Give the Gift of Wine, 'Tis the Season for Holiday Bubbles
by The Wine Guys, Tom Marquardt and Patrick Darr
We don’t think we’ve ever objected to a gift of wine. It’s not a garish tie or Christmas sweater that we’re embarrassed to wear. It’s not a game we’ll never play or a basket of preserves that will be regifted at the first opportunity. Wine fits most everyone.
However, not all gifts for the family oenophile have to be wine. So, we’ve assembled a few alternative ideas for you to consider as you head to the store (or computer) to shop.
Wine tasting kit. We really like the Master the World tasting kit that guides you through the evaluation process with unidentified samples of various wines. Whether you’re a pro or an amateur, the tasting kit challenges your senses in what can be a monthly subscription to six 187ml bottles of red and white wines selected by Master Sommeliers. You can play along with an online self-evaluation too. We tried it with friends and it was a lot of fun. The cost is $90 for each kit – less if you subscribe. See mtwwines.com.
Books. If your gift is going to someone who loves wine but yearns to learn more, “Wine Folly” by Madeline Puckette, is easy to digest. We also recommend “Windows on the World” by Kevin Zraly which is now in its 35th edition. For those friends more knowledgeable about wine and less interested in education, we recommend “Cork Dork” by Bianca Bosker and “Adventures on the Wine Trail” by Kermit Lynch. Both of these are fun reads.
Wine Club. We’re not into wine clubs in general because the choice of wines is often unimpressive and obscure. But we like the looks of Wine Access because the team that selects the wines are impressively credentialed and selective. The winemaking team sources grapes from well-known producers with the understanding that their names not be disclosed. They could be buying juice, grapes or the finished product and slapping a unique name on the label. Cameron Hughes’ de Negoce operates similarly but labels its wine with a number. You could buy a case from these clubs as a gift and include an email alert for additional offers. Another option to consider is Scout & Cellar, which deals exclusively with natural wines.
Wine Squirrel Sealing Decanter ($70). If you use a decanter for older wines, there is always the dilemma of storing unfinished wine. We sometimes pour it back in the bottle, but some of it inevitably spills. The Wine Squirrel has a special sealing mechanism that allows you to store the wine in the same decanter and preserve it for weeks.
Beer selection. If there is a beer fan in your family and friends, Tavour is worth a look. It puts together a holiday bundle of small-craft beers from more than 600 independent breweries. You can buy a bundle to be sent weekly during the holidays by using its app.
Admiral Rodney Princessa Rum ($50). This St. Lucia rum is inspired by the HMS Princessa, a Spanish vessel captured by the British in the 1780. It contains Coffey still rum and is aged 5-9 years in bourbon and port casks before being blended. Honey raisin aromas and caramel, crème brulee flavors.
Champagne Billecart-Salmon Champagne Trio ($265). This holiday gift box consists of three cuvees that will deliver triple the pleasure. Boxed in an attractive package made from recycled cardboard, the bottles include Brut Rose, Blanc de Blancs Grand Cru and brut Sous-Bois.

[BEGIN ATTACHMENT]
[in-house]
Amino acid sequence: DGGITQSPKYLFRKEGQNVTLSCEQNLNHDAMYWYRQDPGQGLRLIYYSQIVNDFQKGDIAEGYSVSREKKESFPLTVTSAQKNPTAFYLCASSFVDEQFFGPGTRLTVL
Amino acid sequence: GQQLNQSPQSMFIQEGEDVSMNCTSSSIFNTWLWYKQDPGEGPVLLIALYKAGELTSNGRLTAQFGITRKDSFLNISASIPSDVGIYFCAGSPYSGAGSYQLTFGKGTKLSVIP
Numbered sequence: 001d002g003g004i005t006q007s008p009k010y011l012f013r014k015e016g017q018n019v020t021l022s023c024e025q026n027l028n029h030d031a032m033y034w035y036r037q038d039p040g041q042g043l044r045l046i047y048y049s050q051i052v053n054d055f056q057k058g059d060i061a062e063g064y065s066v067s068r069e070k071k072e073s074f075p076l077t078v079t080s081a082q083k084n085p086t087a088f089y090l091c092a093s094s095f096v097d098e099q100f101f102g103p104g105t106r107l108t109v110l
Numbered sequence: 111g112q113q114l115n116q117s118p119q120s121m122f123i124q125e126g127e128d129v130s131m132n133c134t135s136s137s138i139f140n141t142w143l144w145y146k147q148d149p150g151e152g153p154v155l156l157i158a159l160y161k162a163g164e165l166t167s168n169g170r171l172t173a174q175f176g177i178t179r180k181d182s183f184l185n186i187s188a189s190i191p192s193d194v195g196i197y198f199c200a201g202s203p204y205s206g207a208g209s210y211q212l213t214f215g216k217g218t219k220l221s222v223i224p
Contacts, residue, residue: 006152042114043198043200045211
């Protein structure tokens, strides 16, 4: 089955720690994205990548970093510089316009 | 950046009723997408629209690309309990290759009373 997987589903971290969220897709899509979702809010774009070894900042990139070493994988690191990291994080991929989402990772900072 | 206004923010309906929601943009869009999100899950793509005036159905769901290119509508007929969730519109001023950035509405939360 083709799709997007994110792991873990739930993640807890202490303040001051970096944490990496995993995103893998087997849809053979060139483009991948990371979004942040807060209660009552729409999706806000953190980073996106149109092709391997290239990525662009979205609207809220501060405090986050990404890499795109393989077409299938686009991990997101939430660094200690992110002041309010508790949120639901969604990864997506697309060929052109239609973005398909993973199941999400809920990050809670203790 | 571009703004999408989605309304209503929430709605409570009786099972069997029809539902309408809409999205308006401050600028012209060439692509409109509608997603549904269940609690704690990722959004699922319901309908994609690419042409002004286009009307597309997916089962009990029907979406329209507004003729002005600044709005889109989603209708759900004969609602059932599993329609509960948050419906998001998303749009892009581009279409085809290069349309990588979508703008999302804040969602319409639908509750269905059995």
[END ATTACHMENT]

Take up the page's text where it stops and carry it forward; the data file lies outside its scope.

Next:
Cockburn’s Special Reserve Port Portugal ($20). Known as a drier style of port, this version from Cockburn’s, purchased by the Symington family in 2010, represents a good value and is a great introduction to port for those seeking a reasonably priced experience. Aged for 5 years this reserve port features cherry and plum notes in a very mouth-filling experience.
‘Tis the season for sparkling wine. If you want to start your celebration with bubbles, here are some suggestions from around the world:
Adami Bosco di Gica Valdobbiadene Prosecco Superiore Brut ($20). Although it’s not hard to find prosecco under $15, a few more dollars give you a sparkling wine with more complexity. Made from glera grapes, this DOCG wine has a bit of sugar to round off the palate. Adami also has an interesting single-vineyard prosecco – Vigneto Giardino – for $23.
Nyetimber Blanc de Blanc ($65). You don’t think of England when it comes to sparkling wine, but it has been producing some excellent, luxurious cuvees in recent years. We loved this complex and elegant version.
Roederer Estate Multi-vintage Brut Rosé ($35). Generous apple and stone-fruit flavors with a dash of blood orange highlight this Anderson Valley sparkling wine. Blend of pinot noir and chardonnay.
Frank Family Vineyards Brut Rosé 2015 ($55). You can count on this producer to deliver luxury in a bottle. Using pinot noir (90 percent) and chardonnay grapes from Carneros, Frank has crafted a hedonistic sparkling wine with a beautiful pink coral color and bright strawberry and red cherry flavors. The wine rested on spent yeast cells for four years before disgorgement in January.
Codorniu Classico Brut ($15). Simple yet refreshing, this Spanish cava has fresh acidity and unique flavors from the blend of macabeo, xarel-lo and parellada grapes.
Diora La Belle Fete Rosé of Pinot Noir ($26). This spirited rosé is one of several made by this Monterey County producer. Grenache and chenin blanc are added to the pinot noir to give it fresh, layered red fruit flavors.
Enrico Serafino Alta Langa Oudeis Brut 2016 ($28). From the Roero region of the Piedmont, Serafino is a UNESCO World Heritage site. It has operated on this site for more than 140 years. Toast to its illustrious history with a glass of this blend of pinot noir and chardonnay. Aged more than 3 years in the bottle on its lees.
Priest Ranch Brut Rosé 2016 ($50). This is a fun sparkling wine made entire from syrah grapes. Aged 24 months in stainless steel on the lees and another 24 months in the bottle, it has bright cherry and strawberry notes with a smooth finish.